In this case, you may not have the opportunity to choose which days you work or not, but you’ll know that the hours will be steady, and for many drivers that is preferred.

What are the cons of driving a commercial vehicle as a company employee?

Less Flexibility

The flipside of the stability you’ll get from driving as a company employee is that your job will be much less flexible. You’ll have to follow a set schedule and will have less opportunity to request the schedule you want. If you have a complicated family life or just value certain schedule preferences, you may want to consider whether working as a company driver is actually the right fit for you.

Less Control over Equipment

Driving as a company employee means you won’t have to worry about purchasing your own equipment. However, the downside of this option is that you won’t have a say in the equipment that the company gives you. You may have to drive a truck that doesn’t have the amenities that you prefer. You may even have to drive a stick-shift truck rather than an automatic.

Work as per Company Guidelines

Independent contractors are able to make a lot of their own rules (within reasonable limits), but company-employed drivers have to follow every rule set by their employers. For instance, you may have more uniform guidelines or other rules about how you execute your tasks. Be sure to consider whether you are okay with the guidelines before you decide to become an employee of a company.

Less Earning Potential

If your biggest concern is earning the largest paycheck possible, working as a company employee may not be your best option. However, it is important to consider that the lower pay that you will receive as an employee will balance out by the employment benefits that your employer will offer you. In terms of earning potential, the best choice depends on your personal life and financial circumstances. You may want to consider speaking with a financial advisor before making a decision.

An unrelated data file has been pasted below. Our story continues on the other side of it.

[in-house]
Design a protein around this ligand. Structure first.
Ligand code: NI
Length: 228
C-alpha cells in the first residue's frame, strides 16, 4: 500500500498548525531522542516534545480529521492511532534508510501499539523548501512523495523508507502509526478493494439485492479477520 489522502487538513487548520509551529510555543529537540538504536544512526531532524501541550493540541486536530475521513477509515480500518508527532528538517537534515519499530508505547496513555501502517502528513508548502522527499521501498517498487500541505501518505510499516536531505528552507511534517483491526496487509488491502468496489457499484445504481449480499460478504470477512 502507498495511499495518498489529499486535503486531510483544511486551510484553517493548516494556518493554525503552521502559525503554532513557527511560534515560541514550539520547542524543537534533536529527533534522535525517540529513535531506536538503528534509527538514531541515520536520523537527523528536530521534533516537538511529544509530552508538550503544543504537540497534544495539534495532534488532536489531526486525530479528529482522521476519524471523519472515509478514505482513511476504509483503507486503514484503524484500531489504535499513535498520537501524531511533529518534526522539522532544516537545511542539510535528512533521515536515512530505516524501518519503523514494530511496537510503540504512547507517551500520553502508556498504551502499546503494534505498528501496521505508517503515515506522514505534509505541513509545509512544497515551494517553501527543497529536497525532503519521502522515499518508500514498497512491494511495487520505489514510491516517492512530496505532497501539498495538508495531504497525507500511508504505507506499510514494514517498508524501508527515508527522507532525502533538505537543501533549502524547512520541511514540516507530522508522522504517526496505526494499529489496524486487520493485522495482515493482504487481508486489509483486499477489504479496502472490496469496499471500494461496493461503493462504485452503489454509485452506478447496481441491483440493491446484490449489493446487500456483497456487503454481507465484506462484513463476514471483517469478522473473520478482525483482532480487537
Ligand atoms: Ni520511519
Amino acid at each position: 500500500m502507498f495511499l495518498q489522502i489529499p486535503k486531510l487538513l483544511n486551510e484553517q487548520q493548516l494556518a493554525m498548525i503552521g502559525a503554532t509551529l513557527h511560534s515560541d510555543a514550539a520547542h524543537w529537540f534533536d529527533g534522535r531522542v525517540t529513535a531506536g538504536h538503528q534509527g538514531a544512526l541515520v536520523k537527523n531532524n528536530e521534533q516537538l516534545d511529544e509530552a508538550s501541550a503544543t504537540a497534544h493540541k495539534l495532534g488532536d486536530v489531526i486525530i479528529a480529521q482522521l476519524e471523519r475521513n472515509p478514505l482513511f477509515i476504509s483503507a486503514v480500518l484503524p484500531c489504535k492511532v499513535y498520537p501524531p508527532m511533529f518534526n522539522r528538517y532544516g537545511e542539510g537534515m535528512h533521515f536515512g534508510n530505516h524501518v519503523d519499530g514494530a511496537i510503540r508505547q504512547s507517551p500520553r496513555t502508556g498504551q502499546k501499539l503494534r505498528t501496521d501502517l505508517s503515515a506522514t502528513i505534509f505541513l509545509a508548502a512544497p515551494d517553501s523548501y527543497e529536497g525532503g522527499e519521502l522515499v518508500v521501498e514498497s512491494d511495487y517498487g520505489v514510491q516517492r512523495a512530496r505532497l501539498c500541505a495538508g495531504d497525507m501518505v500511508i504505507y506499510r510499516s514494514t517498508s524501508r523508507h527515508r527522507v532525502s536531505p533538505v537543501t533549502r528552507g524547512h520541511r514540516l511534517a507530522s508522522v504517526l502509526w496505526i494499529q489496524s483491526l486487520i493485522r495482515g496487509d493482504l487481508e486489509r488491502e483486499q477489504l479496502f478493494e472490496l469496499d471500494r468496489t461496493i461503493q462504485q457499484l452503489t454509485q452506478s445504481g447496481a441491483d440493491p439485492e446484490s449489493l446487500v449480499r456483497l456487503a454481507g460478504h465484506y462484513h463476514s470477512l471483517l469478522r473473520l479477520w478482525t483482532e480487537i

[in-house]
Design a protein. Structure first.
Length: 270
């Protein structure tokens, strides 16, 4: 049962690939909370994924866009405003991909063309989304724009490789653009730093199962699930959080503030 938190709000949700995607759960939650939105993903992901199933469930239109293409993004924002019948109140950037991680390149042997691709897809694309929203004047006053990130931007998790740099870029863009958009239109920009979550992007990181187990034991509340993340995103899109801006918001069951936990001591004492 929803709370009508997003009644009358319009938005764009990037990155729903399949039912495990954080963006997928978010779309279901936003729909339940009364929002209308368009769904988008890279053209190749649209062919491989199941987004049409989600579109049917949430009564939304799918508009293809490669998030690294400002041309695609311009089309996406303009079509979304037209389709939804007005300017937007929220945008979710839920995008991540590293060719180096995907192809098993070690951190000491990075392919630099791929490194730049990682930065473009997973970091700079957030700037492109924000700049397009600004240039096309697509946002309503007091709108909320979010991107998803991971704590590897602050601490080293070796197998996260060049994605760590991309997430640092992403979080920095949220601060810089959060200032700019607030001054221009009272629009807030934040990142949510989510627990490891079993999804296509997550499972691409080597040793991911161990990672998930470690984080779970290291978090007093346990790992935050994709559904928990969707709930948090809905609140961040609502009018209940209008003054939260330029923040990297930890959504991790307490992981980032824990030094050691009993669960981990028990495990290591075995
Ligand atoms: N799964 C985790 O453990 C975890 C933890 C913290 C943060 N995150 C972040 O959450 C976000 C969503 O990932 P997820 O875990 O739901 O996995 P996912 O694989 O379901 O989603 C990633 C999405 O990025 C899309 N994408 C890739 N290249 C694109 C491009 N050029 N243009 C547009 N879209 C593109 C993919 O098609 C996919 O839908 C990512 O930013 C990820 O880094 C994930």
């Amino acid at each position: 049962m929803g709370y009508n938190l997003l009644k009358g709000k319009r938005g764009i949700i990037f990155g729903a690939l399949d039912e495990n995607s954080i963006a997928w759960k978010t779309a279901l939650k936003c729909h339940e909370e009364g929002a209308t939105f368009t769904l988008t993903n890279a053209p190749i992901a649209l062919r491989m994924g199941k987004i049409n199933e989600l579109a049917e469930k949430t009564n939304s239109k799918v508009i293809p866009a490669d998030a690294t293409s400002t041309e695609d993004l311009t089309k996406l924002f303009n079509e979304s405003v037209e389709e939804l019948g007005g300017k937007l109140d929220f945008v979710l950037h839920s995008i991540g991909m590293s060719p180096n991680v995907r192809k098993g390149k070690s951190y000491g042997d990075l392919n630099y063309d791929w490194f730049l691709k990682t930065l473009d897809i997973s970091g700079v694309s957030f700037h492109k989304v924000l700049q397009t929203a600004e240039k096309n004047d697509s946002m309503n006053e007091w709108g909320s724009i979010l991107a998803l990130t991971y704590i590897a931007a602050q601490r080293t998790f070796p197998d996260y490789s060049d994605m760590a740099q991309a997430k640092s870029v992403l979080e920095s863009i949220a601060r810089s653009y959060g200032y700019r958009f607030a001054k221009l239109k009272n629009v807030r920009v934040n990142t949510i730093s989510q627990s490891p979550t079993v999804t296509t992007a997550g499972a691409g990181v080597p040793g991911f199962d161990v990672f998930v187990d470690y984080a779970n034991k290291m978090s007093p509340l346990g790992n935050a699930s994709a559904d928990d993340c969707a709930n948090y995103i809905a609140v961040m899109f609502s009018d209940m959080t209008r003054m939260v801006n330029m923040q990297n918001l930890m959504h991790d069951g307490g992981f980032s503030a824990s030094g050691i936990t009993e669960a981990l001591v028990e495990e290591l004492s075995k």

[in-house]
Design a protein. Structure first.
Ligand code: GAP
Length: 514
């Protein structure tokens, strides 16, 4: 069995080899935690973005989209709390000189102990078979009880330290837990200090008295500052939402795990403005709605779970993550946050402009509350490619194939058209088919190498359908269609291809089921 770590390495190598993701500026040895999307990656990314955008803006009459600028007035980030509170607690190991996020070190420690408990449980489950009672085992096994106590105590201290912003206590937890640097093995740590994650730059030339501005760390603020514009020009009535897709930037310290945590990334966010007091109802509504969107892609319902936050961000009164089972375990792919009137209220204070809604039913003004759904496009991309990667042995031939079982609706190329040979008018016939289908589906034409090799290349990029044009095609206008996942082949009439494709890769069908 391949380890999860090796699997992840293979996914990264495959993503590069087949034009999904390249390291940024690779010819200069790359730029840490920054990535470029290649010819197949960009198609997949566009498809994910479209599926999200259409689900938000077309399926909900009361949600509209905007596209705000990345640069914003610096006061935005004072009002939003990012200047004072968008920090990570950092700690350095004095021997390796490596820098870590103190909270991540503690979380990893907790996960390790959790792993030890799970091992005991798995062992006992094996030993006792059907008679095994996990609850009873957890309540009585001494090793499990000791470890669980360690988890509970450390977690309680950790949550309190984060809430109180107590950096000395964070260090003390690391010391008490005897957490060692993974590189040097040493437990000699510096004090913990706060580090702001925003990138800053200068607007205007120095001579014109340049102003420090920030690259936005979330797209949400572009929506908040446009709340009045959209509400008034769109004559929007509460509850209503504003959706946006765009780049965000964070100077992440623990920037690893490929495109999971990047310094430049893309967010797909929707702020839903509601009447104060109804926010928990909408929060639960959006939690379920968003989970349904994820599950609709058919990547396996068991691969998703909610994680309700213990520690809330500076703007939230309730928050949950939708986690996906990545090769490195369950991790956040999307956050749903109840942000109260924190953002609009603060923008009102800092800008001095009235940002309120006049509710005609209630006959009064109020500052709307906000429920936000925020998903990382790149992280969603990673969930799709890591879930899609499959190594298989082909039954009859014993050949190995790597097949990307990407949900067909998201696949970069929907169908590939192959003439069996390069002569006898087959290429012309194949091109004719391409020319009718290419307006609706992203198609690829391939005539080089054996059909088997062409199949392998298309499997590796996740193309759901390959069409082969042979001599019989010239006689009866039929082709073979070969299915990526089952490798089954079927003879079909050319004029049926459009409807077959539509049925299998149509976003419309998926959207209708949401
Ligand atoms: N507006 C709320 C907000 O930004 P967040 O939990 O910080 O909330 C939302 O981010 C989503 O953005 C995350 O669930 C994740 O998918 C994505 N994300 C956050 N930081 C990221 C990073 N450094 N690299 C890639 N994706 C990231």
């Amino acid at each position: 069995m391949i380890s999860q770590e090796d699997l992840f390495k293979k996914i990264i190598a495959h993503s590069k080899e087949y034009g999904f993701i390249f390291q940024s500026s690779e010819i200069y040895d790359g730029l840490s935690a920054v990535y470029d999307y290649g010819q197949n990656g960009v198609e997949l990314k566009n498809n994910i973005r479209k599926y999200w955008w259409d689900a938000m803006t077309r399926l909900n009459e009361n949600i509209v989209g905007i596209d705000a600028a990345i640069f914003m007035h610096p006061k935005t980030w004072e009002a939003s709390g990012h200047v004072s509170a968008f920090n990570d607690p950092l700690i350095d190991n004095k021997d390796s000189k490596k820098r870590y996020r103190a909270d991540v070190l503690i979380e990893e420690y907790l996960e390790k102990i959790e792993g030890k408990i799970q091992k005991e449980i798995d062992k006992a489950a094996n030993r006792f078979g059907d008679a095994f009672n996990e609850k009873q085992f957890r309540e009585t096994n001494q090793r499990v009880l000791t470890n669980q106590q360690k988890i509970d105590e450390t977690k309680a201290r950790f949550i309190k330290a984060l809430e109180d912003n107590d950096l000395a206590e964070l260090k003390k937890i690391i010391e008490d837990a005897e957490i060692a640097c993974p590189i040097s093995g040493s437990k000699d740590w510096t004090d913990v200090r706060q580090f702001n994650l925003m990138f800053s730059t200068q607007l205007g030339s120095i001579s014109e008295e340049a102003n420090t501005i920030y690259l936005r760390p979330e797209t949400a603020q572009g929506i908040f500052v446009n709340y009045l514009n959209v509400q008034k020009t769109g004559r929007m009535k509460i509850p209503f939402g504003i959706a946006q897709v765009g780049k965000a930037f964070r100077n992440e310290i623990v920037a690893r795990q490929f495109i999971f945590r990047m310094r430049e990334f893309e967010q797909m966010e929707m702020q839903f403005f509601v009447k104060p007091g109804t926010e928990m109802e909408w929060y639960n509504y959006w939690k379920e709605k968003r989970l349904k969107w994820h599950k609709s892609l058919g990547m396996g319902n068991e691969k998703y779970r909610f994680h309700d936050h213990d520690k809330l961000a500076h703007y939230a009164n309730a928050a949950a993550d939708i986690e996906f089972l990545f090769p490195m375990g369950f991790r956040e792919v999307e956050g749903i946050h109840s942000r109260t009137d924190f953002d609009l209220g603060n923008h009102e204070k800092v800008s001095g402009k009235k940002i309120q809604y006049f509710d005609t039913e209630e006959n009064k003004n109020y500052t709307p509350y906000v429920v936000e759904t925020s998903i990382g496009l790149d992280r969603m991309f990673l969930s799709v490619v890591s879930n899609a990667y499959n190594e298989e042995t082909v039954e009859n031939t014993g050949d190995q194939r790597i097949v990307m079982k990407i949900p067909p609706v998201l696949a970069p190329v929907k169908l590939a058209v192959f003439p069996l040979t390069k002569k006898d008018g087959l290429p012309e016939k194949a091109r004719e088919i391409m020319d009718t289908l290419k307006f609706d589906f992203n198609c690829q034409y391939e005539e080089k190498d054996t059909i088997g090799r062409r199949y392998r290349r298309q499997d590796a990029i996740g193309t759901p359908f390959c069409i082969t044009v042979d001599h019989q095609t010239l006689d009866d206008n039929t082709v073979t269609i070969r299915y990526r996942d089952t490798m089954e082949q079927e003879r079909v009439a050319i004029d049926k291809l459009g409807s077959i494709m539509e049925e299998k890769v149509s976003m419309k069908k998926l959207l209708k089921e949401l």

Less Negotiating Power

Is it important to you that you have the ability to negotiate pay, schedule, and other aspects of your job? If so, you may find that driving as an owner-operator is a better fit for you than driving as a company employee. On the other hand, if you prefer not to worry about negotiating the best outcome, you may prefer to drive as an employee so that you don’t have to think about negotiating!

Work-Related Tax Deductions

The ability to claim work expenses is one of the greatest benefits of working as an independent contractor. Sometimes, as an employee, there are expenses that you still get stuck with but can’t write off on your taxes. You should always ask a potential employer about the expenses you’ll be expected to incur before you begin employment. However, these small expenses may be worth it for you in order to avoid the tax complications that come with working as an independent contractor.

So, is driving as a company employee the right choice for you?

Choosing whether to become an owner-operator or drive as a company employee is a major decision. Take your time and examine the pros and cons of both options before you decide. Maybe you’ll decide to try out both before you settle into a permanent career path. If you’re ready to make your decision, we’re hiring! We hope you’ll consider driving for BW Mitchum as either an owner-operator or an employee. You can learn more about our employment opportunities here.

In our last post, we continued a discussion about exercising on the road. Finding time to exercise may seem difficult when on the road, but your health should never take a back seat! We discussed some of the risks that come with sitting for prolonged periods of time, as well as the benefits of exercise and some easy exercises that can be done on the road.

We hope you found this article informative, and we hope to see you back on the blog soon for more tips and insight on topics involving truck drivers. If you are currently seeking new opportunities in the commercial trucking industry, we are always interested in adding new talent to our team! Thank you for reading!